The Historic Preservation Commission is excited to celebrate May as National Historic Preservation Month. The month celebrates the nation's heritage through historic places. Preservation is about protecting the sites and structures that represent meaningful history to our community and the generations to come. The City's Historic Preservation Commission (HPC) is excited to take this month to learn about our buildings, our town, and the histories that have shaped them!
Did you know?
Bowling Green, known initially as Mt. Ararat, was settled by pioneer Elisha Martindale in 1833 when he claimed 40 acres of land in Ohio's Great Black Swamp. A year later, a postal carrier named the newly settled area after his hometown in Kentucky. The draining of the swamp with massive ditches revealed rich farmland, which was also attractive to settlers. In 1855, Bowling Green was formed as an incorporated village and later, in 1870, became the seat of Wood County. In 1880, only about 1,539 people resided in the town, but Bowling Green experienced tremendous growth in the mid-1880s by discovering natural gas and oil. Free gas attracted five glass-making companies, bringing about the town's temporary moniker "Crystal City." The gas and oil boom attracted innovation and spurred further business and residential growth. In 1888, the town consisted of three newspapers, six churches, two banks, and several manufacturing businesses. The town's four largest employers were gas companies in 1888, with two railroads connecting the community. In 1901, Bowling Green was given "city" designation upon reaching a population of over 5,000. It later became an education center, with the establishment of State Normal College (now called Bowling Green State University) in 1910.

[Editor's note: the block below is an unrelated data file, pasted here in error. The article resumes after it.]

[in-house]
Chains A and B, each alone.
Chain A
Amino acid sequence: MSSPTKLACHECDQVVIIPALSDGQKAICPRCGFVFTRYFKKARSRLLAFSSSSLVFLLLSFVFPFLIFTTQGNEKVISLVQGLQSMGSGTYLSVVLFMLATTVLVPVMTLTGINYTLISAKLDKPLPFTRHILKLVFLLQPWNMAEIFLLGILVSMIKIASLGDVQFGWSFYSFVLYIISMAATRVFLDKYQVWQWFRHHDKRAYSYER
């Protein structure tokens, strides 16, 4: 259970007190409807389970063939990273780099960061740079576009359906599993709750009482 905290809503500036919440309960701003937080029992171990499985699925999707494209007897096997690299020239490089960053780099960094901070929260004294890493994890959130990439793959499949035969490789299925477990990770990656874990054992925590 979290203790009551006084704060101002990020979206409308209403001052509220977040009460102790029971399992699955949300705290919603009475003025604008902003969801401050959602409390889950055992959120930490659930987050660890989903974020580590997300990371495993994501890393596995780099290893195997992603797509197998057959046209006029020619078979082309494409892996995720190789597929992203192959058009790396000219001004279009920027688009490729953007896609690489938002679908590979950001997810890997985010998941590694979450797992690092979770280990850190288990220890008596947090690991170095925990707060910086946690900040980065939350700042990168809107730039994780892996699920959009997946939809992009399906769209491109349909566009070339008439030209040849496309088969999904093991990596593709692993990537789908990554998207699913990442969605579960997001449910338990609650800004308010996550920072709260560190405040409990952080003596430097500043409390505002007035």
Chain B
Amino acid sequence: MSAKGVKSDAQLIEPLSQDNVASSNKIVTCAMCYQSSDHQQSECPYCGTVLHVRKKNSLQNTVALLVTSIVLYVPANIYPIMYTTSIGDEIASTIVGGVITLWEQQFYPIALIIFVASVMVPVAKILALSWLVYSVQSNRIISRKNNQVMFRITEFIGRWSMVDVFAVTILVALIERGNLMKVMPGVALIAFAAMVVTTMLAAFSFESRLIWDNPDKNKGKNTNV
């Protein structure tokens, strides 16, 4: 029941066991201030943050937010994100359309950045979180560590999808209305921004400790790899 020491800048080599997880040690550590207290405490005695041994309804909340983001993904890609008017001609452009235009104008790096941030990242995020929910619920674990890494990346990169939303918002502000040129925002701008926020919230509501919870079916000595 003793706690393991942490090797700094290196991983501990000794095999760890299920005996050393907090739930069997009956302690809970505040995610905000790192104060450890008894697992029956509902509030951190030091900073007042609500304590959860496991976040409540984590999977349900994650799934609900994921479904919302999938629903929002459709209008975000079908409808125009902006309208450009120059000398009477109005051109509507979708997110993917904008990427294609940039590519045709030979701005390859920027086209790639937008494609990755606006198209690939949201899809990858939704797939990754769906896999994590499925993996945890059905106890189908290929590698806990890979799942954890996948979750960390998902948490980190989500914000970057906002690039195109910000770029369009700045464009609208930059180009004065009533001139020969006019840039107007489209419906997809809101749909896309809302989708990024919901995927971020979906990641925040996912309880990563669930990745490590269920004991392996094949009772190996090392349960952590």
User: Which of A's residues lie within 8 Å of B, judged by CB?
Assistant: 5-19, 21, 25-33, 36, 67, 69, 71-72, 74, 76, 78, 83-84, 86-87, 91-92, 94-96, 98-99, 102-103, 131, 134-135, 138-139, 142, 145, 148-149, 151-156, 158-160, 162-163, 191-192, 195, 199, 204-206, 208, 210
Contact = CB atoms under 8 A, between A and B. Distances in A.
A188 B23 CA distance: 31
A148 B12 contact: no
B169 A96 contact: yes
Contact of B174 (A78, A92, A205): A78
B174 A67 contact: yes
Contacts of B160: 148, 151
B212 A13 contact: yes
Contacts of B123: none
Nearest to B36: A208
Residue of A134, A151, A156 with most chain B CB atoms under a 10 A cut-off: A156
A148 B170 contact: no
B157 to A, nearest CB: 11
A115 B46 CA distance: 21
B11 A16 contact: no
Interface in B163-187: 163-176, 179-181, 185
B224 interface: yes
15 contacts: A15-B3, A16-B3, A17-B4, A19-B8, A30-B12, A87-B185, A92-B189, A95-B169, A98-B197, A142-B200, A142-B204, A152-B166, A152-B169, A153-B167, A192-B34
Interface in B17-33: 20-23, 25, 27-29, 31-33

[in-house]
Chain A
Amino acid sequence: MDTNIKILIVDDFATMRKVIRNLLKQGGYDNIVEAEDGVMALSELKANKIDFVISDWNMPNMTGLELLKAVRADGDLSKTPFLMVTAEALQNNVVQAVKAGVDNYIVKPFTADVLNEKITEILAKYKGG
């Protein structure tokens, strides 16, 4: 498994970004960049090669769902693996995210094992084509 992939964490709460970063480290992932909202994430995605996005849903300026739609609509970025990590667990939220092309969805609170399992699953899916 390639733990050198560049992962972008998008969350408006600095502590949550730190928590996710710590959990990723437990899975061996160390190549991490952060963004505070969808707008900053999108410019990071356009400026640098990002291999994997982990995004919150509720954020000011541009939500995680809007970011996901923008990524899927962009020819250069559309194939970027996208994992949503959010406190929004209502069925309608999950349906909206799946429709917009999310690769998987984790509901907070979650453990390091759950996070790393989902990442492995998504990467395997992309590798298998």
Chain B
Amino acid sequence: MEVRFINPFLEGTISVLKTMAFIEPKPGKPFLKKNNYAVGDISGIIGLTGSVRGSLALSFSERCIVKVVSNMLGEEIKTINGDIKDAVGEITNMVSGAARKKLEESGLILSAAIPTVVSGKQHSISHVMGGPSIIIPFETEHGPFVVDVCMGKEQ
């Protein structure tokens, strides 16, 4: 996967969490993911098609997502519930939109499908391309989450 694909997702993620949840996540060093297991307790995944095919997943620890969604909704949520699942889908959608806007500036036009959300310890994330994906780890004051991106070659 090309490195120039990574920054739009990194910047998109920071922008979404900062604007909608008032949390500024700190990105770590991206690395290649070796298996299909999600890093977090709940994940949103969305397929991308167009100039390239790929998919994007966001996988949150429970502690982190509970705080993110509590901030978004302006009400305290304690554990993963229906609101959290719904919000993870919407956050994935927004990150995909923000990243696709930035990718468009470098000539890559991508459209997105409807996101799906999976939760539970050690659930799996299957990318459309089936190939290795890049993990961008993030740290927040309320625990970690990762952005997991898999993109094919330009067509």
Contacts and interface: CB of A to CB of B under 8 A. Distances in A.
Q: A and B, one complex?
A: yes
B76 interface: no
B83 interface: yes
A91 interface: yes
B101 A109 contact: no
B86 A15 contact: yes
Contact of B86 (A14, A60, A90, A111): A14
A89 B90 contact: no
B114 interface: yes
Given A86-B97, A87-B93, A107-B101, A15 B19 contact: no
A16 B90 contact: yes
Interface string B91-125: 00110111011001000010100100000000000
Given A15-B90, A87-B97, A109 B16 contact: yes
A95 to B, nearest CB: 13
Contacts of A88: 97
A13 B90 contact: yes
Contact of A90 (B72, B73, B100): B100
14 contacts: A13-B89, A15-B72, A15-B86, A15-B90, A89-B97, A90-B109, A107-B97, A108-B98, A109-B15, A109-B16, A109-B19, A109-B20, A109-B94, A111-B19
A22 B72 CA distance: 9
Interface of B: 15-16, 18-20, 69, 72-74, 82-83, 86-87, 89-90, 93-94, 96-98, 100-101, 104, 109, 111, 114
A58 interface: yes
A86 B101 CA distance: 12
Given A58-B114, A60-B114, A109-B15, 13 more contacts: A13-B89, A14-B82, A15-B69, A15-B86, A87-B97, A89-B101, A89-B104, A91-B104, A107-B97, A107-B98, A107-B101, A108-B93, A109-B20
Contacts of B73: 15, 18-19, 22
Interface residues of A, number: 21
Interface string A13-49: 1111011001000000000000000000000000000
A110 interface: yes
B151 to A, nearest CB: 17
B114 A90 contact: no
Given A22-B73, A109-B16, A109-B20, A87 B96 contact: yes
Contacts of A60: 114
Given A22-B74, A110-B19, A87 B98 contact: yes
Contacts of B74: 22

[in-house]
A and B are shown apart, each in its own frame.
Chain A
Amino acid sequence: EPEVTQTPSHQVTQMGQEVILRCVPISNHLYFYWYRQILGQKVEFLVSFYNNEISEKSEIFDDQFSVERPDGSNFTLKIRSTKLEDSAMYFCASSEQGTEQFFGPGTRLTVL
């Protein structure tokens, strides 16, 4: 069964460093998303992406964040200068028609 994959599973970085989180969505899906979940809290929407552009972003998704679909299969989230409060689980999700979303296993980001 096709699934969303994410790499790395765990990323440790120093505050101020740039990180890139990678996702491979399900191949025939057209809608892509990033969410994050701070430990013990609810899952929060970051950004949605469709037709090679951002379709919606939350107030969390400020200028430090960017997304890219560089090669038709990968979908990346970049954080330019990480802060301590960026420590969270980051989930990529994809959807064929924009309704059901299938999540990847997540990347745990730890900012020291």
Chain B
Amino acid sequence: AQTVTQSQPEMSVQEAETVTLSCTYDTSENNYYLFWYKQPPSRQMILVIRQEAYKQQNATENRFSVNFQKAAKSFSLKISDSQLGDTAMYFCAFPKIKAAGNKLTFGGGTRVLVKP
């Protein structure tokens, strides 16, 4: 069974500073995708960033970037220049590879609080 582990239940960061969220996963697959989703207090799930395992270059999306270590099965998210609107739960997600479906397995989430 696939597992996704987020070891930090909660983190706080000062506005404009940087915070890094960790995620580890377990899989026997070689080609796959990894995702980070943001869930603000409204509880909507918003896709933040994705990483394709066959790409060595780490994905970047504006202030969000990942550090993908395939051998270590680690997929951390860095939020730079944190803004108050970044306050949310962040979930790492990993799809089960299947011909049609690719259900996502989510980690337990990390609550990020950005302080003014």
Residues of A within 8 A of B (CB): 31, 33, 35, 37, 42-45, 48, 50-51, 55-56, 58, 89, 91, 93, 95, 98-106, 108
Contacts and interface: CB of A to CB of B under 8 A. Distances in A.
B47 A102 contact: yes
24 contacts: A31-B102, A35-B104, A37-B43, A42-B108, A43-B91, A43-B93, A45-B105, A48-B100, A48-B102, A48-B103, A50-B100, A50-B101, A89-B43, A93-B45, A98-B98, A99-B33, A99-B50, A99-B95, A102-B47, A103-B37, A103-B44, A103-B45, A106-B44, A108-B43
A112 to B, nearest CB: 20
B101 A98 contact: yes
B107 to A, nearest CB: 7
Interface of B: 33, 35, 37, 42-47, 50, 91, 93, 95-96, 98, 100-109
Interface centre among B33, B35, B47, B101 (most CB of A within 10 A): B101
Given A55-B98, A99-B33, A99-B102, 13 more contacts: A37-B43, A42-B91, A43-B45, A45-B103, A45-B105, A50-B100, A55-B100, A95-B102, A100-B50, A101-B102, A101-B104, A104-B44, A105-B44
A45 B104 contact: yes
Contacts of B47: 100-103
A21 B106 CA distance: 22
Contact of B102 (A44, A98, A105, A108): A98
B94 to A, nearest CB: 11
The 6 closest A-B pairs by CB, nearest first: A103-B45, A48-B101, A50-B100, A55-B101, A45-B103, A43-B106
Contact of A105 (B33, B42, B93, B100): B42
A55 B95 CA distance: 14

Many historic buildings and districts have stood the test of time, such as the Wood County Courthouse (built-in 1896, placed on the National Register of Historic Places in 1974), Downtown Bowling Green (placed on the National Register of Historic Places in 1980), and Boomtown (placed on the National Register of Historic Places in 1987).
Today, Bowling Green is a thriving community whose past is reflected in a vibrant, carefully preserved downtown and surrounding residential neighborhoods. This university City boasts a manufacturing-based economy and a firm dedication to the arts and local history.
How are we celebrating Preservation Month?
The HPC has created a Downtown Bowling Green Scavenger Hunt throughout May. Any age can participate by obtaining a copy of the scavenger hunt here or a hard copy at the City Administration Building (304 North Church Street), Wood County District Public Library (251 North Church Street), Juniper Brewing Company (145 South Main Street), or the Downtown Bowling Green S.I.D. office (217 South Church Street). Enjoy a walk in our beautiful town while noting the historic buildings and their unique architecture. Completed scavenger hunts can be submitted to the places listed above by the end of May for the chance to win a gift card from Juniper Brewing Company!
The HPC will highlight a historic building, site, or district each week in May. A description of the building or district, location, and history with a picture will be featured. It is exciting to learn about all the rich history of this area! After Preservation Month concludes, the HPC will be requesting nominations of historic buildings or sites the community would like to see featured monthly in the City e-news. Please consider submitting your ideas here.
Also, just following Historic Preservation Month, the Wood County District Public Library is hosting a Boomtown Walking Tour! You'll love this informative walking tour if you're a local history buff or looking to learn more about Wood County. Join Local History Librarian Marnie Pratt and Wood County Museum Director Kelli Kling for a tour through history to learn about some of the famous places and faces of Wood County's Boomtown Era. This tour is Saturday, June 11, 2022, from 10:00 a.m. to 11:00 a.m. This tour meets in the Bowling Green Library Atrium, rain or shine. Registration is required. To register, call (419) 352-5050, email, or fill out the form on their website.
For any questions about the Historic Preservation Month activities, call the Planning Department at (419) 354-6218.